We get the feeling that we have actually met the various persons whom Hardy portrays in his fiction. His characters are made of solid flesh and blood like Clym and Eustacia. They are recognizable human beings and their conversation, actions, irritations, annoyances and quarrels perfectly convincing. It has been said that Hardy’s great success is with subtle characters. But the fact is that his men and women are the most vividly realized when they are simple, primal characters: rustics such as Grandfer and Christian Cantle, sturdy countrymen like Diggory Venn.; passionate wayward women such as Eustacia and plausible rogues such as Wildeve. The portrayal of male characters are admirable, he perhaps succeeds ever better in the treatment of men than women. This choice of his characters leads him away from intellectual complexities which delight most novelists. If his best characters are not subtle, the art that describes them is surely one; for he can record the minutest fluctuations of emotional experiences — write the problems in the relationships of the characters and discuss them— such as incompatibility of Eustacia etc. Hardy introduces each of his principal characters with a vivid description of the personal appearance. The reddleman is described “as young and, if not exactly handsome, approaching very near to handsome.” Wildeve is quite a young man. The grace of his movement is singular. It is “the pantomimic expression of a lady-killing career.” Eustacia is “full-limbed and somewhat heavy and soft to the touch as a cloud. She has pagan eyes, full of nocturnal mysteries.”
Introduction: In the field of characterization, Hardy’s talent, as compared with that of some great novelists, is narrow. His memorable characters all have a family likeness, but there is no doubt about the realistic quality of Hardy’s character portrayal. He makes his characters live in almost vital manner.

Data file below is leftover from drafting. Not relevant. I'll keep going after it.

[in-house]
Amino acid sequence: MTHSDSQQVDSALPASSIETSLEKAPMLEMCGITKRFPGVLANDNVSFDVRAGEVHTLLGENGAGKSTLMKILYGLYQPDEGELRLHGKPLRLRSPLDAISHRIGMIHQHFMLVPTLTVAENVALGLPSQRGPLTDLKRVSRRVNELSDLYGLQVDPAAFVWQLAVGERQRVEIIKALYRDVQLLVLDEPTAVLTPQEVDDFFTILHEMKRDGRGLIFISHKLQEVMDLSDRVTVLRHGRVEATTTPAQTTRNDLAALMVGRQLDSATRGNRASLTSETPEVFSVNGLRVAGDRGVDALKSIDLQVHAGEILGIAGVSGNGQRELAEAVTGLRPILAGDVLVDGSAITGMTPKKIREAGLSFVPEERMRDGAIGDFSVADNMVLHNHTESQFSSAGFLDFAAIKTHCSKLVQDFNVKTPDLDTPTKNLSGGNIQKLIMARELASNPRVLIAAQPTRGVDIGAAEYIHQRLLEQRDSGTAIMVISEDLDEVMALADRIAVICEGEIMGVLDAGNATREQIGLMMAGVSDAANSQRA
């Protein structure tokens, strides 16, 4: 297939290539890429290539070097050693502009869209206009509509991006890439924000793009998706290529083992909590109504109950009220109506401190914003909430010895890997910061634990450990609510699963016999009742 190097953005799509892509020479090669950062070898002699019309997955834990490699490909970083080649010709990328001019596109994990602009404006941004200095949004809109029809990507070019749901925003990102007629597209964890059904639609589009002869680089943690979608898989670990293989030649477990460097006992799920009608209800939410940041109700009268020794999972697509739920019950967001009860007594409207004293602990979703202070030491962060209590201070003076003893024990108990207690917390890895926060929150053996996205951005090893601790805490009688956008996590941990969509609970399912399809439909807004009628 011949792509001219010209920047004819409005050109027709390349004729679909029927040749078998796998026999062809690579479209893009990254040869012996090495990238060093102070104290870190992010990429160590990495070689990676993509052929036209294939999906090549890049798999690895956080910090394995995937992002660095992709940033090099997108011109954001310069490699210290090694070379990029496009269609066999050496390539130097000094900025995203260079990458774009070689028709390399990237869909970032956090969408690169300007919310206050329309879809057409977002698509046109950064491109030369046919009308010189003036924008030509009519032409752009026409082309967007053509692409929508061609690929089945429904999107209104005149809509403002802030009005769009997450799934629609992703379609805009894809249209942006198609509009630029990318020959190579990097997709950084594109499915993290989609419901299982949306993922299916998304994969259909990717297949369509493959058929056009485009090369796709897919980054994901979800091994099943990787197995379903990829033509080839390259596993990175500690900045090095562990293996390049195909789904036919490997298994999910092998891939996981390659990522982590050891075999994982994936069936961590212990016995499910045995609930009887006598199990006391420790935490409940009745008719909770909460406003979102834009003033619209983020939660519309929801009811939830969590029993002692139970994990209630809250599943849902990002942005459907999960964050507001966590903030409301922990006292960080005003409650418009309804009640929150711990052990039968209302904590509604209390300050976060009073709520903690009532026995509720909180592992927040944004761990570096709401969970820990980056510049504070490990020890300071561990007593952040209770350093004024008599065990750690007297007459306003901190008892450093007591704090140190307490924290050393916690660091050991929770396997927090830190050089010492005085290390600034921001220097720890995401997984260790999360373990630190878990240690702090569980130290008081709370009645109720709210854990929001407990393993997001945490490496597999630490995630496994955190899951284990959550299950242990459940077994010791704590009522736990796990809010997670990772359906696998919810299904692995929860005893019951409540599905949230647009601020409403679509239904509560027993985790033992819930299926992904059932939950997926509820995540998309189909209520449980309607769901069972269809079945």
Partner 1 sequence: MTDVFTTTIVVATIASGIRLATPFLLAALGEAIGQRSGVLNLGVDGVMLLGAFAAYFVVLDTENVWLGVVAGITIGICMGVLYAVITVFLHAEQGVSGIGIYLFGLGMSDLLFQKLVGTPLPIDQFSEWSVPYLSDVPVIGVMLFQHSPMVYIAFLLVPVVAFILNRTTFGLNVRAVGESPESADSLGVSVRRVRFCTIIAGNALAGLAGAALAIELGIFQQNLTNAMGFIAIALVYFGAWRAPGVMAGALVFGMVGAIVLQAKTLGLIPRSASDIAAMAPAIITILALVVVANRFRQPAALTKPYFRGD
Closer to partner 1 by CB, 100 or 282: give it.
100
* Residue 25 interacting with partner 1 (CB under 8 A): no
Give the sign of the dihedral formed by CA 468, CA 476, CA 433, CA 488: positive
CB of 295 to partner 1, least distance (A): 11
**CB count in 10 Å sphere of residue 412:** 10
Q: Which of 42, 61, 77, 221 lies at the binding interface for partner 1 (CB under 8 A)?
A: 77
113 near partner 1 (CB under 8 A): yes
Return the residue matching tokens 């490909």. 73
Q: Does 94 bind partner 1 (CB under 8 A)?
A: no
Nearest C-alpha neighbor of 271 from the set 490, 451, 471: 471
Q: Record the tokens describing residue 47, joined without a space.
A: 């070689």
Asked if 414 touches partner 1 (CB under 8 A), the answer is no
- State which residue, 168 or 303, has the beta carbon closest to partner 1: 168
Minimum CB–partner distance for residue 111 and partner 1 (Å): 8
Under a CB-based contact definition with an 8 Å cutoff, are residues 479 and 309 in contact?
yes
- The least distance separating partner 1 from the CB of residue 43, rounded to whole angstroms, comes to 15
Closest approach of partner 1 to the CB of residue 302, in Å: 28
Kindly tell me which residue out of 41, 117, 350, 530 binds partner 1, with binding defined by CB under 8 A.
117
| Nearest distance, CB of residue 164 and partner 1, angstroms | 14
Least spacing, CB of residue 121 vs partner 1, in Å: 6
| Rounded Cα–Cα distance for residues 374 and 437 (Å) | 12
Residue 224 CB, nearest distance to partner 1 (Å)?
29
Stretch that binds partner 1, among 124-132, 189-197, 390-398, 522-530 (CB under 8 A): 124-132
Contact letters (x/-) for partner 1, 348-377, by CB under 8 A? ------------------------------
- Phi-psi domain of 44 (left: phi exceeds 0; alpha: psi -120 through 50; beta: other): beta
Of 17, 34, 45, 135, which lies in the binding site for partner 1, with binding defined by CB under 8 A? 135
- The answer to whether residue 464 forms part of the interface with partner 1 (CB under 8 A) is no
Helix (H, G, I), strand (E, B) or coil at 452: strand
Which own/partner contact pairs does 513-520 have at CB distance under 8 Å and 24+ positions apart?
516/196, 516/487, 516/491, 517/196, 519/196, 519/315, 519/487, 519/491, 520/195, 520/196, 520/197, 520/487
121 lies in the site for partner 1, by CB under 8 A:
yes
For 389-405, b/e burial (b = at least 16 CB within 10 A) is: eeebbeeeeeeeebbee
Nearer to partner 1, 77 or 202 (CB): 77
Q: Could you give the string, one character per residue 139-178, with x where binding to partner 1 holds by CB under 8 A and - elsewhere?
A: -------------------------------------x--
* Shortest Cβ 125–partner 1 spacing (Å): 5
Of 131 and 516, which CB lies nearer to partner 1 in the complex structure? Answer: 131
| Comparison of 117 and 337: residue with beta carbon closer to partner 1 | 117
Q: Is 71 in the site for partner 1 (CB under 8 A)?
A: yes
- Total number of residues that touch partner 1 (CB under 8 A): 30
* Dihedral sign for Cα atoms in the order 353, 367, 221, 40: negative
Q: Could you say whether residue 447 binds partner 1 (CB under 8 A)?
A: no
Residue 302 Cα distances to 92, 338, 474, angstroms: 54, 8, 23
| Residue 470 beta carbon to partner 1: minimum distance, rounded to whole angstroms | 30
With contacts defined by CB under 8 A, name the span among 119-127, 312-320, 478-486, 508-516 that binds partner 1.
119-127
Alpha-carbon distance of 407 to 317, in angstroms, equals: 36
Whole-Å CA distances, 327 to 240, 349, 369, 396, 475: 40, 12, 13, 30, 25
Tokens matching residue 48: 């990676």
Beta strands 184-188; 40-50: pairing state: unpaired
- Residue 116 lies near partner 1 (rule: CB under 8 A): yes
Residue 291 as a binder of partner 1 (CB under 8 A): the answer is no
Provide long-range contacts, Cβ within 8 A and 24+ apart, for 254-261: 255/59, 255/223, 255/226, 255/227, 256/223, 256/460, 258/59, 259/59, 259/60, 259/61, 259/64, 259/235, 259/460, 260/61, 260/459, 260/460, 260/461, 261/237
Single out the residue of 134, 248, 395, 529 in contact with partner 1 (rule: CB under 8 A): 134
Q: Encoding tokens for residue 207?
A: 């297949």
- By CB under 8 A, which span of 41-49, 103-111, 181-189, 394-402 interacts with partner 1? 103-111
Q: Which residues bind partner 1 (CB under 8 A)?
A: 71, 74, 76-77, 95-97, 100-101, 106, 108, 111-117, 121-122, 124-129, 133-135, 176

The portrayal of Eustacia: RETURN OF THE NATIVE contains some of Hardy’s greatest characters, notably Eustacia and Clym. Her rebellious nature and force of will are for what Hardy calls her, “the raw material of the divinity”. She is the most powerfully-drawn woman in the Hardy’s portrait-gallery. Her selfishness, her charms and beauty, her uncontrolled passions do not blind us to her celestial imperiousness. Hardy suggests that she is a goddess in her power. She has a femme fatale in her power to arouse passions in others and Cleopatra in her pride, her passion and her scorn of consequences. She is Hardy’s greatest creations whom no reader is likely to forget. She herself is responsible for the tragedy that befalls her. These are the factors which put her to tragedy: Her unsatisfied longing to be taken to Paris and her Hatred of Heath are the main factors governing her fate. She was attracted towards Clym simply by the hope that she would be taken to Paris. She was also aware of his deficiencies and she frankly confessed to Clym that she didn’t have the makings of a good house-wife. But she also told him that she loved him and that she could sacrifice her dream of Paris for him, “ To be your wife in Paris would be heaven to me; but I would rather live with you in a hermitage here than not be yours at all.” In spite of this her desire of Paris never perished. Her reaction to Clym’s furze-cutting, her renewed interest in Wildeve, Her failure to open the door, and her final decision and death are all the factors which contribute to her tragedy. Eustacia’s own weaknesses and lapses play a large part in bringing about the tragedy. Her love of gaiety and fashion, her worldliness and incapacity to appreciate her husband’s lofty nature and her inconsistency are the powerful factors.